- Som tam (papaya salad)
An unmistakable taste of Thailand, som tam is a classic Thai dish. Usually made with green papaya, this deliciously addictive dish is as versatile as it is spicy. Som tam originates from the north-east of Thailand but is popular all over the country. Although it can be eaten on its own, som tam really comes into its own when teamed up with other Isaan favourites including sticky rice and grilled chicken. The most popular main ingredient is green papaya, but cucumber is one alternative if you are preparing the dish at home and can’t find green papaya in the shops.
Serves: 1-2 people.
Preparation time: 10 minutes.
Cooking time: 5 minutes.
- 1 large green papaya (or 2 small ones)
- 1 garlic clove
- Handful cherry tomatoes (halved)
- Handful peanuts (roasted or fried)
- 5 snake/long beans or a handful of French beans
- 1-2 Thai bird’s-eye chillies or one large red chilli if you don’t want it too spicy
- 1 tbs fish sauce (or Thai light soy if you want it vegetarian)
- 2 tbs tamarind juice
- 2 limes squeezed (save the empty limes)
- 1 tsp palm sugar dissolved in boiling water
- 6-8 dried prawns (optional)
- Peel the skin off the papaya, cut in half and scrape out the seeds.
- Grate the papaya with a Julienne peeler or grater.
- Mix all the wet ingredients in a bowl. The sauce should be sweet, sour and salty.
- Pound the chilli and garlic in the pestle and mortar (or mixing bowl), then add the beans and dried prawns (if using prawns). Bruise and then add the papaya, tomatoes, and peanuts.
- Pour in the sauce.
- With a large spoon in one hand and the pestle in the other (this may take some practice), scoop and pound until everything is well combined, and the juice of the tomatoes has made its way into the dressing.
- Scoop onto a plate, making sure you get all that lovely dressing.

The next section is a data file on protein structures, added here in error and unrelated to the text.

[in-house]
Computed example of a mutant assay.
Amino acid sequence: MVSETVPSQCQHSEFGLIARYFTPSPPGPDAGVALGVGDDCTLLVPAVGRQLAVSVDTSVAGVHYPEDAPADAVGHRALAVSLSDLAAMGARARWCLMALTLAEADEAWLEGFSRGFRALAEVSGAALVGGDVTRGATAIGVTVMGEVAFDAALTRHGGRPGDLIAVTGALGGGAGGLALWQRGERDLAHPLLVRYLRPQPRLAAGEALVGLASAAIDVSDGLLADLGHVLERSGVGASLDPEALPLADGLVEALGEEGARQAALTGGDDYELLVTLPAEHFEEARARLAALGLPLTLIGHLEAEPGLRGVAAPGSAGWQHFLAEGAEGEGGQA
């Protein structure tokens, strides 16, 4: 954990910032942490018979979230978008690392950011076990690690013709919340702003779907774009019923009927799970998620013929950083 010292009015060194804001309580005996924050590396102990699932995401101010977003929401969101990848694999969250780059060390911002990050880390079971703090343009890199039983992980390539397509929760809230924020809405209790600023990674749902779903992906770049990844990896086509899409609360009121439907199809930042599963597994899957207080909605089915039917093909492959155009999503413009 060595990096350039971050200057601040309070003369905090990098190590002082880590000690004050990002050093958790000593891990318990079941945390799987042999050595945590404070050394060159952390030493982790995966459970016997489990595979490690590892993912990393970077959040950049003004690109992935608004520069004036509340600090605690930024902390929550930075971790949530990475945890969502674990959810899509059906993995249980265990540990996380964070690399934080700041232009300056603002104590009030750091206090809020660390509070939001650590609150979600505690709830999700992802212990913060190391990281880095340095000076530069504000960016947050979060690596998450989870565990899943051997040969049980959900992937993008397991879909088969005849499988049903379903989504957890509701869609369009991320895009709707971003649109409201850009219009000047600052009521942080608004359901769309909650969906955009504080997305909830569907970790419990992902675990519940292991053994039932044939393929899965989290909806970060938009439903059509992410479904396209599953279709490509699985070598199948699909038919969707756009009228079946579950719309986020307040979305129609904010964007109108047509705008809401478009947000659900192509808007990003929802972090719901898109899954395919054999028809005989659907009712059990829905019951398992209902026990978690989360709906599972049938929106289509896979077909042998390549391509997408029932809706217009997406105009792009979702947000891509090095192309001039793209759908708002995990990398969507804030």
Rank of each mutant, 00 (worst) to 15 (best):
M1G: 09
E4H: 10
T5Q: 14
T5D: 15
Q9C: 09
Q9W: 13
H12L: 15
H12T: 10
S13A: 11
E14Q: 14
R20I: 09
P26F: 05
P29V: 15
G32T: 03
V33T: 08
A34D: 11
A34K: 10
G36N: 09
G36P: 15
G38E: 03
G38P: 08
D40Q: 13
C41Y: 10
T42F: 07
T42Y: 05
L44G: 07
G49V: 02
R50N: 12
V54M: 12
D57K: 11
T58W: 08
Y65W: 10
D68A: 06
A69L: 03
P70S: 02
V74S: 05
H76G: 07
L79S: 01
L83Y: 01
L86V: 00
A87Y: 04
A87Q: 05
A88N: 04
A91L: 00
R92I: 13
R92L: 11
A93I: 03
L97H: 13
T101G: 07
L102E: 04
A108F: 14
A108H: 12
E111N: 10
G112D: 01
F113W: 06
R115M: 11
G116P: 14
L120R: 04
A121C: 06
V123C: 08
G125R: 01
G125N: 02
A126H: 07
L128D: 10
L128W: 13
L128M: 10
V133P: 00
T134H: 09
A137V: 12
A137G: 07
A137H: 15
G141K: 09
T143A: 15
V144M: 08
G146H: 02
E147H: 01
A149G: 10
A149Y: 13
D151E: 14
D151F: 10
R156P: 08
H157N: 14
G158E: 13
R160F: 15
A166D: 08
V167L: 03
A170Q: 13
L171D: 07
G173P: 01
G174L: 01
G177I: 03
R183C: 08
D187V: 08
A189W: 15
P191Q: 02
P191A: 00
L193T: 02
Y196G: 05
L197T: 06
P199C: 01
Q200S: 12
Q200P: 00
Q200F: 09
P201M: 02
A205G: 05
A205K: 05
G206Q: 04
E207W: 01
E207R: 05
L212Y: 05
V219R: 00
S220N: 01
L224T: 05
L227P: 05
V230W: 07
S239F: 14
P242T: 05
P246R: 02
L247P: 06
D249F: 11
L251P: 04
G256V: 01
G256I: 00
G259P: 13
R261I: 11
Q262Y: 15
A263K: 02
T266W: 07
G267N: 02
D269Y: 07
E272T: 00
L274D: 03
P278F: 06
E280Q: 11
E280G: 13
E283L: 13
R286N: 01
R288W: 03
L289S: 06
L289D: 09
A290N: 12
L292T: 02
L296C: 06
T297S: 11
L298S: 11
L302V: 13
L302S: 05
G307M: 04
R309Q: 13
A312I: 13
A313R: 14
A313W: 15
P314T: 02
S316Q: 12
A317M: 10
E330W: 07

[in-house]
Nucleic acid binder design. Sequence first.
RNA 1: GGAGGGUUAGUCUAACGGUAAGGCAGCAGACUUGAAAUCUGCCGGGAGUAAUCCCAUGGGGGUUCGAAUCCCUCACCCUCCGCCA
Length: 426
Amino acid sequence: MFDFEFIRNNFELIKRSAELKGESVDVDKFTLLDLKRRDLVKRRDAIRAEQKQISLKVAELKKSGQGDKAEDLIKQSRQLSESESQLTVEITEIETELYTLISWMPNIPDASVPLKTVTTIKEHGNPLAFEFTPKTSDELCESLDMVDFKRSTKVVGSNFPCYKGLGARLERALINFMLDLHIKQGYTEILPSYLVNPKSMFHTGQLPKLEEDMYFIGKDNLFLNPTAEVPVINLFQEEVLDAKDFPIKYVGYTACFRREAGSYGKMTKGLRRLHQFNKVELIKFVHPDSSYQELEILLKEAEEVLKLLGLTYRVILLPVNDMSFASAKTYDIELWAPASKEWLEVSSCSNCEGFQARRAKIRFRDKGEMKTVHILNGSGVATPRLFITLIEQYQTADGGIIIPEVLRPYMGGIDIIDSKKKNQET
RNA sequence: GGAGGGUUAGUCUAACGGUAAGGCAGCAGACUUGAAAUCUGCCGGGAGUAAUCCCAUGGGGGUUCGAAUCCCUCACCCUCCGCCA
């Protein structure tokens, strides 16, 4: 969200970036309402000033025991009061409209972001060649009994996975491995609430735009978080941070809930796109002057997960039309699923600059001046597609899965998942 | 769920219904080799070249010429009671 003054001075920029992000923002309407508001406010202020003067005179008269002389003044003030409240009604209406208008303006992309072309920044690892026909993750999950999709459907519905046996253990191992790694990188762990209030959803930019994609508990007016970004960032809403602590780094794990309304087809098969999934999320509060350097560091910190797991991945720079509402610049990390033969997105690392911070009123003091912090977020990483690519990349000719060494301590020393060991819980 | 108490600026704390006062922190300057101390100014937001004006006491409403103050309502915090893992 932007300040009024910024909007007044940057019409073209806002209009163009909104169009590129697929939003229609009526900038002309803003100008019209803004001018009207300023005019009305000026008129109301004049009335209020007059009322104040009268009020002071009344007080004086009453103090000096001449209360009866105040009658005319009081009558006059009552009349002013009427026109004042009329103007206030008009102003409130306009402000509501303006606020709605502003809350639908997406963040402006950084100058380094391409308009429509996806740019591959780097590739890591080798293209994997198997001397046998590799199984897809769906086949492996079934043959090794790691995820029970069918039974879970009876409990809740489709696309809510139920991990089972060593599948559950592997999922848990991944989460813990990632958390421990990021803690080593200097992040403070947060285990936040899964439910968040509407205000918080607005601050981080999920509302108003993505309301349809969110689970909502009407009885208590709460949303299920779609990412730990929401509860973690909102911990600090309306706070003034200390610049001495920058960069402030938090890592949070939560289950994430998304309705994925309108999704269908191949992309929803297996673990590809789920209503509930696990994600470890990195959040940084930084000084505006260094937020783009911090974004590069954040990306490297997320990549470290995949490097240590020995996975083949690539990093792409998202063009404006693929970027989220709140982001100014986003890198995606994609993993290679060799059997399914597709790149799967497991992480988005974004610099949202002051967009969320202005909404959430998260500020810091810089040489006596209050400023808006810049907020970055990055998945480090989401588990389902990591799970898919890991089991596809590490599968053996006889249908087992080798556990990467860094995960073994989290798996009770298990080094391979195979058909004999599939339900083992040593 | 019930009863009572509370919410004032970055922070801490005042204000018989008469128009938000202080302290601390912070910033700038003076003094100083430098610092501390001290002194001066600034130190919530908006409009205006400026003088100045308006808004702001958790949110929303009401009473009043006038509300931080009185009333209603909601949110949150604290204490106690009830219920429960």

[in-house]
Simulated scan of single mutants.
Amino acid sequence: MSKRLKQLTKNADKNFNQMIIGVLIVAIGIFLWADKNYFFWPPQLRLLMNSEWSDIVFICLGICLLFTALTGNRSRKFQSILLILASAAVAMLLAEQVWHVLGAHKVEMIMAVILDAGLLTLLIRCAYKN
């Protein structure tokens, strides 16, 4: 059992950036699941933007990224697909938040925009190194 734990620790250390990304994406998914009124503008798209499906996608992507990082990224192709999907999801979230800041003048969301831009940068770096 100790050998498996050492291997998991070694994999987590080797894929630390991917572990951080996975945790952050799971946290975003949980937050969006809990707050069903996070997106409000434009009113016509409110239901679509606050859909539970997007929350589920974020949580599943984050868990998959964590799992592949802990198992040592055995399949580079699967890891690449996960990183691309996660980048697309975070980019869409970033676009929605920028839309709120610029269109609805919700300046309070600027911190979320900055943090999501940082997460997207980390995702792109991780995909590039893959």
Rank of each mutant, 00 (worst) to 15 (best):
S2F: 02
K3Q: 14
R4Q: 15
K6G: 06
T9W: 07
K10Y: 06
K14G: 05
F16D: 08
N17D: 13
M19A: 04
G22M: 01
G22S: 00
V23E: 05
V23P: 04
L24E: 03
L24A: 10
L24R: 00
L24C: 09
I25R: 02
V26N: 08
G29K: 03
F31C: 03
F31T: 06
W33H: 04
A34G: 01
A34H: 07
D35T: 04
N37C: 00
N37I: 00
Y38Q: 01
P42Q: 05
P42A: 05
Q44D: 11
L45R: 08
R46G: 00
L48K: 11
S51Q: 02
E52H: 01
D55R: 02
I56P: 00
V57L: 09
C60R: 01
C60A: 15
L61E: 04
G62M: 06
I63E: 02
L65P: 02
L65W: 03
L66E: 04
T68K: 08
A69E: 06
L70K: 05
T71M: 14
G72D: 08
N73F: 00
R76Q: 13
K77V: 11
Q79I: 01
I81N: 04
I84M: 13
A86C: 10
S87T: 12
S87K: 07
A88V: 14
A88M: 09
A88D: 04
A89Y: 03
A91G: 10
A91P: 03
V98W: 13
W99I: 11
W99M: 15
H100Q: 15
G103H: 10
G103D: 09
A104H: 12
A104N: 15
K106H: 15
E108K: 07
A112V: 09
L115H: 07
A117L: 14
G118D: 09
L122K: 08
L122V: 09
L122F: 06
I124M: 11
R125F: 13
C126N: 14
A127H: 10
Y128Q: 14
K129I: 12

- Serve with absolutely anything or just eat it on its own.
Recipe courtesy of chef, Gary Butler, featured on www.fanclubthailand.co.uk.
- Chicken/Beef massaman curry
Massaman curry is a firm favourite for visitors to Thailand. Such is the popularity of this flavour-packed dish, CNN Travel nominated it as the Number One dish in their 2020 list of “The World’s 50 Best Foods”. If you fancy creating a delicious chicken or beef massaman curry at home, try this recipe from Thai chef, Nawamin Pinpathomrat, a.k.a. Dr Boss.
For the curry paste:
- 1 ½ tsp of coriander seeds
- ½ tsp of cumin seeds
- 4 cloves
- 4 cardamom seeds
- 1 tsp ground cinnamon
- ½ tsp ground nutmeg
- 10 whole dried red chillies, soaked to soften
- 6 cloves of garlic
- 4 shallots
- 1 stem fresh galangal
- 2 stems of lemongrass
- 1 tsp of kaffir lime rind
- ½ tbs of sea salt flakes
- ½ tbs of white peppercorns
- 1 tbs of shrimp paste
For making the curry:
- 500ml can coconut milk
- 2 tbsp massaman curry paste
- 500g stewing beef steak, cut into large chunks or 600g chicken thighs/drumsticks
- 300g small/new potatoes, peeled
- 3 small onion, halved
- 50g roasted peanuts
- 4 kaffir lime leaves (optional); available from Thai shops or dried from supermarkets
- 1 cinnamon stick (optional)
- 4 star anise (optional)
- 1 tbsp palm or soft light brown sugar
- 1 tbsp fish sauce (or 1/2 tbsp salt)
- Steamed jasmine rice, to serve
- Heat 2 tbsp coconut milk in a large pot with a lid. Add the curry paste and fry for 5 min with low heat.
- Then stir-fry in the beef/chicken until well coated and sealed.
- Stir in the rest of the coconut milk. Bring to a simmer, then cover and cook at least 30 minutes for beef/ 15 minutes for chicken until the meat is tender.
- Add the potatoes, onion, lime leaves, cinnamon, sugar, fish sauce and most of the peanuts then let it simmer for another 30 minutes.
- Sprinkle with the remaining peanuts, and then serve with jasmine rice.
Recipe courtesy of Thai chef, Nawamin Pinpathomrat, a.k.a. Dr Boss, featured on www.fanclubthailand.co.uk